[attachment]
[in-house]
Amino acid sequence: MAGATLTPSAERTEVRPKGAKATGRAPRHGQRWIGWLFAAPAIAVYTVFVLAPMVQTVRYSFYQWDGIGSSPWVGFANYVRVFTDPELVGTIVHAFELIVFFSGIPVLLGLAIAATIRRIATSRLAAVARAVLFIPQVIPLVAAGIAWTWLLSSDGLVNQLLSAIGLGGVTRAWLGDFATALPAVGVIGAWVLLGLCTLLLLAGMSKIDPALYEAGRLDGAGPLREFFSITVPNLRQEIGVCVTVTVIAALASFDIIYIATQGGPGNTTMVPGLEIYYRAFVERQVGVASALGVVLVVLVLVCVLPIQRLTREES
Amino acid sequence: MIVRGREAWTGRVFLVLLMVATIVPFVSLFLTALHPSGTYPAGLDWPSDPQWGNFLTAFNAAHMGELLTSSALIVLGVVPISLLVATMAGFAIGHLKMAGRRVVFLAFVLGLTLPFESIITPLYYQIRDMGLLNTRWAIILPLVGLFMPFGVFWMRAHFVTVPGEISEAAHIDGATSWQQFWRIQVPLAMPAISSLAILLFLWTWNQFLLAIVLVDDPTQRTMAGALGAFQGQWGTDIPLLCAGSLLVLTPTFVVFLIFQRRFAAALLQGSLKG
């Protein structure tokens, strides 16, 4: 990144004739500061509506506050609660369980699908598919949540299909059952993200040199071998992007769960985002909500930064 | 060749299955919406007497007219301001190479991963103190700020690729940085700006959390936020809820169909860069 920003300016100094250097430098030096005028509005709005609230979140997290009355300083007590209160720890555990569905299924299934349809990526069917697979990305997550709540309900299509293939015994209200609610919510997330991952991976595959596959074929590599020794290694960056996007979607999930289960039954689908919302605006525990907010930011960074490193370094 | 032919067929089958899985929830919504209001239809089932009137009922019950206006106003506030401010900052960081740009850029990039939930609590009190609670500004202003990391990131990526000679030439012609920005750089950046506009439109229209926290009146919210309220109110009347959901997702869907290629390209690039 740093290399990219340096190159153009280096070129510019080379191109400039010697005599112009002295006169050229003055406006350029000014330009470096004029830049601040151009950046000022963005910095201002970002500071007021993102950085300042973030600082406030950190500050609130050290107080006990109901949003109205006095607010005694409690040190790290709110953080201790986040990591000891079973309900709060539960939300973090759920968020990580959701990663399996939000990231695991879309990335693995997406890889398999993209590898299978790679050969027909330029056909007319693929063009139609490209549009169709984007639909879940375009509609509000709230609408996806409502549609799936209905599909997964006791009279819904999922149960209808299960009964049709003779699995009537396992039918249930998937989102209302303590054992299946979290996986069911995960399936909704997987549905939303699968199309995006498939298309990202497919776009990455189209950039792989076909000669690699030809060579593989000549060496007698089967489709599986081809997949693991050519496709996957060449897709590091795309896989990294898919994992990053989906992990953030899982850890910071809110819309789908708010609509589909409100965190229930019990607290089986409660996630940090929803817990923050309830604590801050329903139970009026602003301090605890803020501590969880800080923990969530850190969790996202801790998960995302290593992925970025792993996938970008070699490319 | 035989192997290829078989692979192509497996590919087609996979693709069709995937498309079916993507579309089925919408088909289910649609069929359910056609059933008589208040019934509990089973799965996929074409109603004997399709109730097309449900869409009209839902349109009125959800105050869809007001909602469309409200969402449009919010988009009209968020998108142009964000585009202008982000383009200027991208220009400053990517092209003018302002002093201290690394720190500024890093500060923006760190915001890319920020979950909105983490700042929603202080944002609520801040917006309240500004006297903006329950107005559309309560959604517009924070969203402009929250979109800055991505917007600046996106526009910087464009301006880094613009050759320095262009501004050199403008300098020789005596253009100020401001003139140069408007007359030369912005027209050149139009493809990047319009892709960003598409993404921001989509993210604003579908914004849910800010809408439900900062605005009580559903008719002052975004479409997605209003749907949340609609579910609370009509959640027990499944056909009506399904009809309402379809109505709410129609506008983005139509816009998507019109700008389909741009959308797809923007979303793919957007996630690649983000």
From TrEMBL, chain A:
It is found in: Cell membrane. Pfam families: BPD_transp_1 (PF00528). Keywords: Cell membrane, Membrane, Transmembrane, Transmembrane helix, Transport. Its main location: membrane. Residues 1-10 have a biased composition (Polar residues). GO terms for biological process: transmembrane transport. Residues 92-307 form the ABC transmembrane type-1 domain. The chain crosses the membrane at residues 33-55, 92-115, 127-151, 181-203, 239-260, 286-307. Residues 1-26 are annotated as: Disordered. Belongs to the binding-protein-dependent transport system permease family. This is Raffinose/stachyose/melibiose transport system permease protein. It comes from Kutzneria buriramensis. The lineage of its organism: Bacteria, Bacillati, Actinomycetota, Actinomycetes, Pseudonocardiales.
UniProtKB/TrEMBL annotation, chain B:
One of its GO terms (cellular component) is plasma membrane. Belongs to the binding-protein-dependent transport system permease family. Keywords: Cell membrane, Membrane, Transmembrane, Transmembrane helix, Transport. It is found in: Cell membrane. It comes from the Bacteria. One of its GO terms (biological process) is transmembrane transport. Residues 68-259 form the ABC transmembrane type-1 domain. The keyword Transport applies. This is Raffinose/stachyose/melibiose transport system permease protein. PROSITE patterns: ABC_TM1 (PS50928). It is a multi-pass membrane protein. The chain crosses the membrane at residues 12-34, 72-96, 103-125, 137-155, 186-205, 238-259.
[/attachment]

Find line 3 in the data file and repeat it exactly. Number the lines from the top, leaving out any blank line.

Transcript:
Amino acid sequence: MIVRGREAWTGRVFLVLLMVATIVPFVSLFLTALHPSGTYPAGLDWPSDPQWGNFLTAFNAAHMGELLTSSALIVLGVVPISLLVATMAGFAIGHLKMAGRRVVFLAFVLGLTLPFESIITPLYYQIRDMGLLNTRWAIILPLVGLFMPFGVFWMRAHFVTVPGEISEAAHIDGATSWQQFWRIQVPLAMPAISSLAILLFLWTWNQFLLAIVLVDDPTQRTMAGALGAFQGQWGTDIPLLCAGSLLVLTPTFVVFLIFQRRFAAALLQGSLKG